City Government

Should Government Spend Tax $$ To Lobby?

A recent story in the IDAHO REPORTER about the Pocatello Auditorium District using $20,000 in taxes to lobby on its own behalf exposes only the tip of the proverbial iceberg when it comes to government influencing government.

Perhaps the worst offender in the influence peddling game is the City of Boise. The city is awash in public relations staffers euphemistically titled “information specialists” along with “governmental affairs” people who all devote most of their efforts toward selling city policy, projects, and plans to the public or influencing state and federal representatives.

Recent Boise boondoggles include hiring or funding PR firms for the infamous “Desire Named Street Car,” support of a constitutional amendment to deprive voter approval public debt, various CCDC deals, signs to promote the F-35 fighter jet, a marketing survey which is used to show public support for budget decisions, and lobbyists in Washington and at the Statehouse.

We also have to mention the annual “Live Aid” fund raiser speech the mayor gives before the Chamber of Commerce that garners a gross of close to $40,000 for the private lobbying group that usually falls into line with the Team Dave on public issues before the legislature or congress.

Since the GUARDIAN is seldom supportive of such actions, Team Dave will not respond to any requests for comment or information. They force us to file cumbersome, time consuming and costly requests for public records. Perhaps if we hired a PR firm or lobbyist…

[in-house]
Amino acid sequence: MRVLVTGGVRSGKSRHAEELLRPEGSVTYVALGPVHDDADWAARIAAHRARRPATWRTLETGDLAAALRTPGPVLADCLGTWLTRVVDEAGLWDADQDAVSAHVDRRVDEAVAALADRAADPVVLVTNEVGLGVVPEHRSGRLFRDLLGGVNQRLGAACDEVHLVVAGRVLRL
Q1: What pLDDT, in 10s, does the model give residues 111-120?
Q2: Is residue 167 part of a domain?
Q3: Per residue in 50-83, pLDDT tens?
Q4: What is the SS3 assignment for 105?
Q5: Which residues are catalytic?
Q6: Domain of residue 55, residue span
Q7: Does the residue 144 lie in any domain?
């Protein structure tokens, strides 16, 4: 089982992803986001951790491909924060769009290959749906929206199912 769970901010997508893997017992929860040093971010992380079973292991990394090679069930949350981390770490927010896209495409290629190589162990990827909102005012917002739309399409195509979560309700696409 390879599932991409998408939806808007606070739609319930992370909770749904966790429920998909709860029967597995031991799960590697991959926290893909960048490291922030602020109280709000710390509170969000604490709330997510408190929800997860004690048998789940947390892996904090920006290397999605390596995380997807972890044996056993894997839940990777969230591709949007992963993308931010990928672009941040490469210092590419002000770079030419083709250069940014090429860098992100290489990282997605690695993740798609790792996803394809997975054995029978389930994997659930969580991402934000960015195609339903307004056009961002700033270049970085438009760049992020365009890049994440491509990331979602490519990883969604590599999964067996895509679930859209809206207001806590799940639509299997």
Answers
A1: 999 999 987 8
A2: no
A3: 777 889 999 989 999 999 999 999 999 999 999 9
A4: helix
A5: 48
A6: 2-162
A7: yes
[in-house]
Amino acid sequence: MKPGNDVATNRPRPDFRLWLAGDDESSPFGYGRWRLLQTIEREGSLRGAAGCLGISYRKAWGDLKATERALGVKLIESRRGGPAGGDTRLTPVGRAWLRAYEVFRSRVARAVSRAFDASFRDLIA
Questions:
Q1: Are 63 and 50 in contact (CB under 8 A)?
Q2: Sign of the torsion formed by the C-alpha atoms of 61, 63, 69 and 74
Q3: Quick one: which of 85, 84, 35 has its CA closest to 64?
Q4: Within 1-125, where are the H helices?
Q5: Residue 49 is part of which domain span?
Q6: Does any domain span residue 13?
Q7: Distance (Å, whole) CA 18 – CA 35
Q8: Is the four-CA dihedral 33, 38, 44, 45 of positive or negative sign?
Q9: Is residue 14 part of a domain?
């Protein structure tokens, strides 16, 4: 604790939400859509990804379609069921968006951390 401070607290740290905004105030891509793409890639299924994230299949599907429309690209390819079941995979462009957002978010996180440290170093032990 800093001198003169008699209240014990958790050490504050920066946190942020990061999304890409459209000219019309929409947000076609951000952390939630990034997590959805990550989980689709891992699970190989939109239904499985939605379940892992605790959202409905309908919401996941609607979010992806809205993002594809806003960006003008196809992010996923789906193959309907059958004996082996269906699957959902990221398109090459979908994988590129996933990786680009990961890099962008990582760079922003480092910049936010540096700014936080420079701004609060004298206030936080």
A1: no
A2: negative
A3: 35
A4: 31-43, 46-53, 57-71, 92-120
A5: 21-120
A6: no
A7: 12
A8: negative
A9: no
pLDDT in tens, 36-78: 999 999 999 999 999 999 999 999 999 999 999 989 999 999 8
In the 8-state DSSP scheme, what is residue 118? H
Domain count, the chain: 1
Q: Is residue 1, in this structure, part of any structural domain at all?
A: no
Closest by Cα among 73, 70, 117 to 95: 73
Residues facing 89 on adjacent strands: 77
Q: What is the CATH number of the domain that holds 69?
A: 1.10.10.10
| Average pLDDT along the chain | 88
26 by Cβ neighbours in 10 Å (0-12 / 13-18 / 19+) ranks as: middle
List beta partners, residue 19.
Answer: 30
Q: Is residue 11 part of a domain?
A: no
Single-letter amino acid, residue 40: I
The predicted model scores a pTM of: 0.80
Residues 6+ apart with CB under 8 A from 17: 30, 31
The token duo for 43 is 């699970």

Comments & Discussion

Comments are closed for this post.

  1. One of the functions of government is to influence public thinking for the agenda set by any given branch of govt.

    I would like to think we voted all elected officials to get up in front of various community groups and sell their agenda. We did not vote for all the talking heads we see at just about every level of government speaking for elected and appointed officials.

    Mayors, Commissioners and other public officials need to make themselves available to the public and be prepared to explain and defend what they wish to do with our tax dollars.

    I do not have much appreciation for anything less.

  2. Steve Edgar
    Jun 6, 2011, 10:35 pm

    Absolutely not! If they have to “sell” their idea to the public then they lack the political skills to convey their message. They have the “Bully Pulpit” at their finger tips through the media and their public hearings and commissions – use them.

    Why hire a PR firm at my expense to sell your idea? Put it to a vote.

    Trust the people who voted for you to select the proper course of action. After all, did you use tax dollars to get “us” to vote for you?

  3. Rod in SE Boise
    Jun 7, 2011, 10:22 am

    Press conferences and reporter interviews – yes. PR firms – no.

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